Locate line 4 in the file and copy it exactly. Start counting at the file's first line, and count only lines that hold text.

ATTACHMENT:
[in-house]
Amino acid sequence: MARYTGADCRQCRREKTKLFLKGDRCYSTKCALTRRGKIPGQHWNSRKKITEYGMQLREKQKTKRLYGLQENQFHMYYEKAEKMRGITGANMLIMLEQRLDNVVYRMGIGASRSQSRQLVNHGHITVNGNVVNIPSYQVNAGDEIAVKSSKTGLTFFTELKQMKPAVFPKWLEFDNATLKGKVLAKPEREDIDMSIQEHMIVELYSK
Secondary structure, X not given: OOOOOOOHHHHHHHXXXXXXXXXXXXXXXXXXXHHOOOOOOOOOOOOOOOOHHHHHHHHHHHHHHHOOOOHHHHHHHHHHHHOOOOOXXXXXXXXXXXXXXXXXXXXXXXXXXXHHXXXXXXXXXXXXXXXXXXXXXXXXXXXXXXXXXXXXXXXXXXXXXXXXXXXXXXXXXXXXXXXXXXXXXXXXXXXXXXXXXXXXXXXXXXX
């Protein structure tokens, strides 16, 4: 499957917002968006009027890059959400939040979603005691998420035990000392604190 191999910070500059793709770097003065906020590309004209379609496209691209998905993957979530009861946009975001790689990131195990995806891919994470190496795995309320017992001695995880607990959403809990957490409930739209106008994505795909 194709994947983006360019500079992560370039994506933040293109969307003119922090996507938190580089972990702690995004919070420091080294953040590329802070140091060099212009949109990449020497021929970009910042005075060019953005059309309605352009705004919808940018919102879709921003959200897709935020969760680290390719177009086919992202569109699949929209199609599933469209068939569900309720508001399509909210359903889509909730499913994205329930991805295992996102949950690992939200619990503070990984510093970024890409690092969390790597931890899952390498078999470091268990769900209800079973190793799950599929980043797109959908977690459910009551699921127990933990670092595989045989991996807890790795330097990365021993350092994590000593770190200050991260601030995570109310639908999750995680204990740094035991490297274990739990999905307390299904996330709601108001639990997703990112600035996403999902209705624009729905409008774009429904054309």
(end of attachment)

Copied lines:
């Protein structure tokens, strides 16, 4: 499957917002968006009027890059959400939040979603005691998420035990000392604190 191999910070500059793709770097003065906020590309004209379609496209691209998905993957979530009861946009975001790689990131195990995806891919994470190496795995309320017992001695995880607990959403809990957490409930739209106008994505795909 194709994947983006360019500079992560370039994506933040293109969307003119922090996507938190580089972990702690995004919070420091080294953040590329802070140091060099212009949109990449020497021929970009910042005075060019953005059309309605352009705004919808940018919102879709921003959200897709935020969760680290390719177009086919992202569109699949929209199609599933469209068939569900309720508001399509909210359903889509909730499913994205329930991805295992996102949950690992939200619990503070990984510093970024890409690092969390790597931890899952390498078999470091268990769900209800079973190793799950599929980043797109959908977690459910009551699921127990933990670092595989045989991996807890790795330097990365021993350092994590000593770190200050991260601030995570109310639908999750995680204990740094035991490297274990739990999905307390299904996330709601108001639990997703990112600035996403999902209705624009729905409008774009429904054309």